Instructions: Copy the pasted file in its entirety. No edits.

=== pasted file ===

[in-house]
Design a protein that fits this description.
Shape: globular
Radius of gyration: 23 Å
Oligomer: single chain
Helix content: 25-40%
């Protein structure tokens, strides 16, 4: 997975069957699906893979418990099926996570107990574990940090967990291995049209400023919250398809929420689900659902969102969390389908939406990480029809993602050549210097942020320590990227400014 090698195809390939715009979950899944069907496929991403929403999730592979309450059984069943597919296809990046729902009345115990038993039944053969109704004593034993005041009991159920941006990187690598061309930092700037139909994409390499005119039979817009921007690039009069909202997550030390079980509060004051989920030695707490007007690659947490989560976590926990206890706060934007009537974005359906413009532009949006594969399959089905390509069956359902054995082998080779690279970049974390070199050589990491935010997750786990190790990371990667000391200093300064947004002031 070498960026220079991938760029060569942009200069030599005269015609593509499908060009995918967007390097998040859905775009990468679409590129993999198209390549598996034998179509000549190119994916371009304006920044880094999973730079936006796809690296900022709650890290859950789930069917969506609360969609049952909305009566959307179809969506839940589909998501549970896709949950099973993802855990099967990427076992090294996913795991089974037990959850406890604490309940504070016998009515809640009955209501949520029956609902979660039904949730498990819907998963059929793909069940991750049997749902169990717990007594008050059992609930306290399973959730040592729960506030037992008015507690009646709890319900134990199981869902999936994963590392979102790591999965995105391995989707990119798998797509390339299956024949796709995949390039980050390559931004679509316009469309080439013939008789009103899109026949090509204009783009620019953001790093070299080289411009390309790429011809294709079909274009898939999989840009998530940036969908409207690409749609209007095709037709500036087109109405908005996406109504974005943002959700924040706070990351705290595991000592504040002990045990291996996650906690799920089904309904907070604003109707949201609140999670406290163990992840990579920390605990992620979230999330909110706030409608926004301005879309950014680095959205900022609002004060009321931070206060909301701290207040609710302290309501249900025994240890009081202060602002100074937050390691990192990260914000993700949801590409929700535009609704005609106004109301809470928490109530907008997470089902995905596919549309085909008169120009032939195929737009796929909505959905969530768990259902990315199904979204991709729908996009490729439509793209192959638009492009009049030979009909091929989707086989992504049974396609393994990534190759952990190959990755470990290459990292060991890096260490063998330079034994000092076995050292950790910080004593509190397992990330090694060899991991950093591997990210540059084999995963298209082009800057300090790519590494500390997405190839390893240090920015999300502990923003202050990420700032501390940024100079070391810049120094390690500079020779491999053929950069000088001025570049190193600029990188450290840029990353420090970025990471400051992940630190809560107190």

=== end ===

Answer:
[in-house]
Design a protein that fits this description.
Shape: globular
Radius of gyration: 23 Å
Oligomer: single chain
Helix content: 25-40%
């Protein structure tokens, strides 16, 4: 997975069957699906893979418990099926996570107990574990940090967990291995049209400023919250398809929420689900659902969102969390389908939406990480029809993602050549210097942020320590990227400014 090698195809390939715009979950899944069907496929991403929403999730592979309450059984069943597919296809990046729902009345115990038993039944053969109704004593034993005041009991159920941006990187690598061309930092700037139909994409390499005119039979817009921007690039009069909202997550030390079980509060004051989920030695707490007007690659947490989560976590926990206890706060934007009537974005359906413009532009949006594969399959089905390509069956359902054995082998080779690279970049974390070199050589990491935010997750786990190790990371990667000391200093300064947004002031 070498960026220079991938760029060569942009200069030599005269015609593509499908060009995918967007390097998040859905775009990468679409590129993999198209390549598996034998179509000549190119994916371009304006920044880094999973730079936006796809690296900022709650890290859950789930069917969506609360969609049952909305009566959307179809969506839940589909998501549970896709949950099973993802855990099967990427076992090294996913795991089974037990959850406890604490309940504070016998009515809640009955209501949520029956609902979660039904949730498990819907998963059929793909069940991750049997749902169990717990007594008050059992609930306290399973959730040592729960506030037992008015507690009646709890319900134990199981869902999936994963590392979102790591999965995105391995989707990119798998797509390339299956024949796709995949390039980050390559931004679509316009469309080439013939008789009103899109026949090509204009783009620019953001790093070299080289411009390309790429011809294709079909274009898939999989840009998530940036969908409207690409749609209007095709037709500036087109109405908005996406109504974005943002959700924040706070990351705290595991000592504040002990045990291996996650906690799920089904309904907070604003109707949201609140999670406290163990992840990579920390605990992620979230999330909110706030409608926004301005879309950014680095959205900022609002004060009321931070206060909301701290207040609710302290309501249900025994240890009081202060602002100074937050390691990192990260914000993700949801590409929700535009609704005609106004109301809470928490109530907008997470089902995905596919549309085909008169120009032939195929737009796929909505959905969530768990259902990315199904979204991709729908996009490729439509793209192959638009492009009049030979009909091929989707086989992504049974396609393994990534190759952990190959990755470990290459990292060991890096260490063998330079034994000092076995050292950790910080004593509190397992990330090694060899991991950093591997990210540059084999995963298209082009800057300090790519590494500390997405190839390893240090920015999300502990923003202050990420700032501390940024100079070391810049120094390690500079020779491999053929950069000088001025570049190193600029990188450290840029990353420090970025990471400051992940630190809560107190």